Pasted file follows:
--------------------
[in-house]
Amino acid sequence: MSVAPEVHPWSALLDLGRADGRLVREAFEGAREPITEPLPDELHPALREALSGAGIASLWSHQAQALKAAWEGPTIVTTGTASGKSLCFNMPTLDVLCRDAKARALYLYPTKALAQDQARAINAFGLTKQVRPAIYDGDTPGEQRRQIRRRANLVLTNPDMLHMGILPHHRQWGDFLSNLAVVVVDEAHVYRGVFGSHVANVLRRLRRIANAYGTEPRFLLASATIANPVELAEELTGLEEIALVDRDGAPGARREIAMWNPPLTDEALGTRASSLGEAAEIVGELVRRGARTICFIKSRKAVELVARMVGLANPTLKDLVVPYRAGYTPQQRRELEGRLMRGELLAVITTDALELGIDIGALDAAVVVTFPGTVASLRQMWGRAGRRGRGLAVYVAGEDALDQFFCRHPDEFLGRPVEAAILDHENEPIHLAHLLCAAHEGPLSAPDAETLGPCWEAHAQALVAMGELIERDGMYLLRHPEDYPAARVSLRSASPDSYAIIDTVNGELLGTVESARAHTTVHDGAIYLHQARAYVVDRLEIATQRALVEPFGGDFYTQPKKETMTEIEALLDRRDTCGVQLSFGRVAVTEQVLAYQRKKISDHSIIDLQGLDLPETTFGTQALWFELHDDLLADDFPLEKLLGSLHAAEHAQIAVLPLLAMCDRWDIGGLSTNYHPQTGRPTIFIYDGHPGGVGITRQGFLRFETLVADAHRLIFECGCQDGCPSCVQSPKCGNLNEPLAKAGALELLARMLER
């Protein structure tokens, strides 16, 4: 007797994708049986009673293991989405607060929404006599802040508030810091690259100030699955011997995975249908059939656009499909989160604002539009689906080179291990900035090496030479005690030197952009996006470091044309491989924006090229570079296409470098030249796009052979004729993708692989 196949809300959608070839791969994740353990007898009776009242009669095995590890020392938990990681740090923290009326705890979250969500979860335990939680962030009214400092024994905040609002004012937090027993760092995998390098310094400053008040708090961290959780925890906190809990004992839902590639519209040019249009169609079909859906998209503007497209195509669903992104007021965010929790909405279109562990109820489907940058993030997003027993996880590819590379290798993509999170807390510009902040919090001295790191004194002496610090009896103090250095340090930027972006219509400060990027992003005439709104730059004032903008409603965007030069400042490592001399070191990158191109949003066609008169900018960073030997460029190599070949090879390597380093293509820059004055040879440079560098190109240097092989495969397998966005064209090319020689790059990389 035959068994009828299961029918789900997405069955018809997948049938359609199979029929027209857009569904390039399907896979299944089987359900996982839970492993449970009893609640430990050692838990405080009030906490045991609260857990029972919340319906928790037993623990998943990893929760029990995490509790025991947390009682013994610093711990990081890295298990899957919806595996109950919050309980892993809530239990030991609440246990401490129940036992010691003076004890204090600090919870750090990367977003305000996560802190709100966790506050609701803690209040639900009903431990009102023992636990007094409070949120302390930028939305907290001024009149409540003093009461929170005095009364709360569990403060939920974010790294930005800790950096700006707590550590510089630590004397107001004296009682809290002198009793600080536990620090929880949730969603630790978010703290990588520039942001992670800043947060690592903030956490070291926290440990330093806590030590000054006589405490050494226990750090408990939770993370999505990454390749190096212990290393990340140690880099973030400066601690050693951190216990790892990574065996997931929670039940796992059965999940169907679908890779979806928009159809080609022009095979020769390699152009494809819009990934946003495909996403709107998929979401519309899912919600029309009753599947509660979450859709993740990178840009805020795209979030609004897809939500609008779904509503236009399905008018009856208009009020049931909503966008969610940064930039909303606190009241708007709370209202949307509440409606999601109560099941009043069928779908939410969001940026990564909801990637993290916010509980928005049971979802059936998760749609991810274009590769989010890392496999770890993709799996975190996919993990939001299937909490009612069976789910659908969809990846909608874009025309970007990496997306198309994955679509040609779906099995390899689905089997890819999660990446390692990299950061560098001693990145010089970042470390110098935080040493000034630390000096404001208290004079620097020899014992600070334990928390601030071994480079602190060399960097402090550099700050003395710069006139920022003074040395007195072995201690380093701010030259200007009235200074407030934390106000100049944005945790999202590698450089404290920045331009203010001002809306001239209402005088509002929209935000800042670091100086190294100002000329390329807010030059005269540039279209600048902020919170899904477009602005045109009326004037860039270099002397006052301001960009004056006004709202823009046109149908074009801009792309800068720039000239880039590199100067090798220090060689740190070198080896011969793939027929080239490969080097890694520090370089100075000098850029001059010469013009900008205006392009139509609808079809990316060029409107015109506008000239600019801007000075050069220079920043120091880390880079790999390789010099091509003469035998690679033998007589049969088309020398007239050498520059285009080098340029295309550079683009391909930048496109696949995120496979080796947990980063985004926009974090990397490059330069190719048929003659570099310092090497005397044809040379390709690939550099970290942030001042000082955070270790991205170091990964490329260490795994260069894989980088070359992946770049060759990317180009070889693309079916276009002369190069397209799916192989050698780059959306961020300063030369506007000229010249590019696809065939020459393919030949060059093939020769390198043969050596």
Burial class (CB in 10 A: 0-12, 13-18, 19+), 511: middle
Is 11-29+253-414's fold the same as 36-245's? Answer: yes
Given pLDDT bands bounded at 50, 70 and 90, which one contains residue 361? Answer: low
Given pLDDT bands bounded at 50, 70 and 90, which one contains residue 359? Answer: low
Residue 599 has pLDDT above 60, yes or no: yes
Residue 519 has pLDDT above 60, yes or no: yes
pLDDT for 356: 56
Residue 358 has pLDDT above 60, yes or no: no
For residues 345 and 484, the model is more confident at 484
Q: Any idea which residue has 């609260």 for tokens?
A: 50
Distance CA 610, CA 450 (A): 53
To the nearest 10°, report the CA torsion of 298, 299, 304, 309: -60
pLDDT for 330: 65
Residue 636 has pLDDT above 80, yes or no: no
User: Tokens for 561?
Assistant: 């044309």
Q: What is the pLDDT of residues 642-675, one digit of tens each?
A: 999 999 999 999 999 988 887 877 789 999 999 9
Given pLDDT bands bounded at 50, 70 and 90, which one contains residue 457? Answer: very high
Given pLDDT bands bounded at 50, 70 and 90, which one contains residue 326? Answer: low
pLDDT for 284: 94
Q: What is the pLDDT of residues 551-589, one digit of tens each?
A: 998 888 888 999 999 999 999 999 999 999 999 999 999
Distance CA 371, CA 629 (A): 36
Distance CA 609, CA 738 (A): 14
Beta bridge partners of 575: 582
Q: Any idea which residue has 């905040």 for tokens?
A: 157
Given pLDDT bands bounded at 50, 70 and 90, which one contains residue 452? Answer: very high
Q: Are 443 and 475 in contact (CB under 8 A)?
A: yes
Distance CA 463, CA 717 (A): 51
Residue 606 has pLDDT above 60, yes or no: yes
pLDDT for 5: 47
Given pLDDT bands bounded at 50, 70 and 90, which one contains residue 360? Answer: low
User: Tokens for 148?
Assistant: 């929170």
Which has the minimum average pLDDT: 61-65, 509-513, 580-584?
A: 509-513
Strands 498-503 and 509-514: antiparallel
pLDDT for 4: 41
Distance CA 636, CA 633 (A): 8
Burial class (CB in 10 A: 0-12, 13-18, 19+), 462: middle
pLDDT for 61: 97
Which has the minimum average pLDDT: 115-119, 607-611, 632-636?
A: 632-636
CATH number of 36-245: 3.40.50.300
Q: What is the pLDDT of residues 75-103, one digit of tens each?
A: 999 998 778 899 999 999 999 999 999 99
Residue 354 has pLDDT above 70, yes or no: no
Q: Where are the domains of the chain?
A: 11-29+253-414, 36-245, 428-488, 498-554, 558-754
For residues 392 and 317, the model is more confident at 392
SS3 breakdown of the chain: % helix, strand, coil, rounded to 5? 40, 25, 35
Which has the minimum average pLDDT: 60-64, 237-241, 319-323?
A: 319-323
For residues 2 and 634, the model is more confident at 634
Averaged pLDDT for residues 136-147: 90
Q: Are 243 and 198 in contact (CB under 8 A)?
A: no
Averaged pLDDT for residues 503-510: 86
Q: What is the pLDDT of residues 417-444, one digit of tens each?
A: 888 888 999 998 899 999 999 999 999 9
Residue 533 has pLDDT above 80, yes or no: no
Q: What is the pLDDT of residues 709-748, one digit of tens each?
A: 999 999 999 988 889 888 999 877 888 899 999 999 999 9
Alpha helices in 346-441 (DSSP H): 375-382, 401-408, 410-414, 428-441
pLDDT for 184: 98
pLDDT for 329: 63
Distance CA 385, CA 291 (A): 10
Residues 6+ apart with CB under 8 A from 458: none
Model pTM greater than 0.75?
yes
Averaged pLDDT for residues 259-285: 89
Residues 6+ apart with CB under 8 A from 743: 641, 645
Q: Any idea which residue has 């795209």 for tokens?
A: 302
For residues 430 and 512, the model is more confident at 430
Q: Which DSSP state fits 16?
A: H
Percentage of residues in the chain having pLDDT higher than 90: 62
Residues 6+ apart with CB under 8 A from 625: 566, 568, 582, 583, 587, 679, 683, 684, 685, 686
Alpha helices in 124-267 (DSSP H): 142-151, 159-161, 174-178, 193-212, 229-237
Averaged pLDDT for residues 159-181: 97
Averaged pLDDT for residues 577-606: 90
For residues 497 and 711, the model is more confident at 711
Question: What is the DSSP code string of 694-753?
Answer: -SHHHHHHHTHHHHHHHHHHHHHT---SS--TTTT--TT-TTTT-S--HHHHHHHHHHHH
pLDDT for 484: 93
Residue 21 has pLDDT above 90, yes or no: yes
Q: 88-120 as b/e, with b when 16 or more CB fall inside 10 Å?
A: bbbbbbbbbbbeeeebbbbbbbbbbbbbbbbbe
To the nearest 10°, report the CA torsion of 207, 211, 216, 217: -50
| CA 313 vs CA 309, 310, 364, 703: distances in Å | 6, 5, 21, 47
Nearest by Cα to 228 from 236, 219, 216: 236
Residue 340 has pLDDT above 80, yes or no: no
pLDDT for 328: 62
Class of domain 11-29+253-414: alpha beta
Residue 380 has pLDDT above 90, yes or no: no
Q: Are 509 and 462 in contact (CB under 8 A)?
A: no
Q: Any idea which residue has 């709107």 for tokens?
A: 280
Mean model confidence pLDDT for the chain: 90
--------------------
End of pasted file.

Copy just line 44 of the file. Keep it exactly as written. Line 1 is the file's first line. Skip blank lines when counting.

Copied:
Strands 498-503 and 509-514: antiparallel